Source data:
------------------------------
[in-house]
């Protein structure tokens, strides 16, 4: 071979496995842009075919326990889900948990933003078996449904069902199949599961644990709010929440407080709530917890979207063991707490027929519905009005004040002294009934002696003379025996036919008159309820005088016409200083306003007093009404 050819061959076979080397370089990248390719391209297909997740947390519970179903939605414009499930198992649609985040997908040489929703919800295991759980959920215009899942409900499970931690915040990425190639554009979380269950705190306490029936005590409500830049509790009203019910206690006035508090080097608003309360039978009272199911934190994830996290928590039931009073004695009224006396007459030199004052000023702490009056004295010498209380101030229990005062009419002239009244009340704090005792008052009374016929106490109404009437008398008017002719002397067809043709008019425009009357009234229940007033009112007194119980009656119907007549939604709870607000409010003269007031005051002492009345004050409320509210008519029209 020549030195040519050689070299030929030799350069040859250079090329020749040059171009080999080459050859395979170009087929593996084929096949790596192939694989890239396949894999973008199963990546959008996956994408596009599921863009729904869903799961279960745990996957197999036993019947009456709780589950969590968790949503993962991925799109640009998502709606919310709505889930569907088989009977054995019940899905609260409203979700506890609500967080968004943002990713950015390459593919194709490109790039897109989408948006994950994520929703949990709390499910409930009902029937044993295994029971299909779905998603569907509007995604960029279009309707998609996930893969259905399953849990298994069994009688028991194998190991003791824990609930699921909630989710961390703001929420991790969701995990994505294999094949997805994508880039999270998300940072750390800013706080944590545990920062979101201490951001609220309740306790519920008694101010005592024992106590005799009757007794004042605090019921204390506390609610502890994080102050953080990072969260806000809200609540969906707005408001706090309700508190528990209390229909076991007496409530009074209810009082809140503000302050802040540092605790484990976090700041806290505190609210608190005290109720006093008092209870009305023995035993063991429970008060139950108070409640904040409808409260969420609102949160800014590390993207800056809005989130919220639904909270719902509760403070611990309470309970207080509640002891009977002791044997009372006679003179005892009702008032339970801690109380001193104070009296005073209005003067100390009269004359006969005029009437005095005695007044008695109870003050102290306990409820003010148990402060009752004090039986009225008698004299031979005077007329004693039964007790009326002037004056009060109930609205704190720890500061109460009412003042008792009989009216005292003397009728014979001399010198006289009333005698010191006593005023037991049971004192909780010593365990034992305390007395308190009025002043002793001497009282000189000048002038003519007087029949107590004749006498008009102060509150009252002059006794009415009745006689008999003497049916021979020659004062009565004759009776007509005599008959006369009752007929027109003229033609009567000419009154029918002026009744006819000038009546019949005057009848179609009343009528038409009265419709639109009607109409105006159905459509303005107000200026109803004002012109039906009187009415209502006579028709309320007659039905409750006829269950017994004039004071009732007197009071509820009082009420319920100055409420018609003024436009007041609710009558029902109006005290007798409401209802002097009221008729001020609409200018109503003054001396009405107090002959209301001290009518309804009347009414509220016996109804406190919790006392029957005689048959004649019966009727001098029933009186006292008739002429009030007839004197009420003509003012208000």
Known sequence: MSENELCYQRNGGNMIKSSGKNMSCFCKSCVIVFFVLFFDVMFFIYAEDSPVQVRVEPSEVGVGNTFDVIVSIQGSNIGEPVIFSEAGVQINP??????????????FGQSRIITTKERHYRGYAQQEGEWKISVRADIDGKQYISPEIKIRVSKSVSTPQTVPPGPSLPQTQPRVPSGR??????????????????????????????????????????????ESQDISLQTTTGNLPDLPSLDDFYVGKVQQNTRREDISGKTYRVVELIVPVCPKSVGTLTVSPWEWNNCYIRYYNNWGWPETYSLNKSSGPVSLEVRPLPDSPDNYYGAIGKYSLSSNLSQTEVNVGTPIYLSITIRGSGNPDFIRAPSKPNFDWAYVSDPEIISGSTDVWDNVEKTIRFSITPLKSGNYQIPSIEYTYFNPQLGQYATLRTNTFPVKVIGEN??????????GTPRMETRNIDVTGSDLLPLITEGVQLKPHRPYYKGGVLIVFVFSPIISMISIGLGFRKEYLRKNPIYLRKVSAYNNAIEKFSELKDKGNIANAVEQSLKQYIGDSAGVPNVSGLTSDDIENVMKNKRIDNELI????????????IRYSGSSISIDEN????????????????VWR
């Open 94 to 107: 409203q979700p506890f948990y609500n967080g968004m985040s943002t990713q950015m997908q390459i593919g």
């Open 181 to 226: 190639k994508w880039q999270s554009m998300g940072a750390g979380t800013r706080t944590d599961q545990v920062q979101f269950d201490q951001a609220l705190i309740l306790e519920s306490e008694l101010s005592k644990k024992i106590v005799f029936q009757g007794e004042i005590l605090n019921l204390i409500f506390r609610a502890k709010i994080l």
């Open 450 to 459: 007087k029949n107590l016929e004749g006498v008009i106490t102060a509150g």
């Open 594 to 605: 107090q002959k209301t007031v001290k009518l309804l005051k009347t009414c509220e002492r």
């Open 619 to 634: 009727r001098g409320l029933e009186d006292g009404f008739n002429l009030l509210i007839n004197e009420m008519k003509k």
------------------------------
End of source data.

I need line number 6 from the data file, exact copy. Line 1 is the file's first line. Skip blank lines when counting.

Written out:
């Open 450 to 459: 007087k029949n107590l016929e004749g006498v008009i106490t102060a509150g």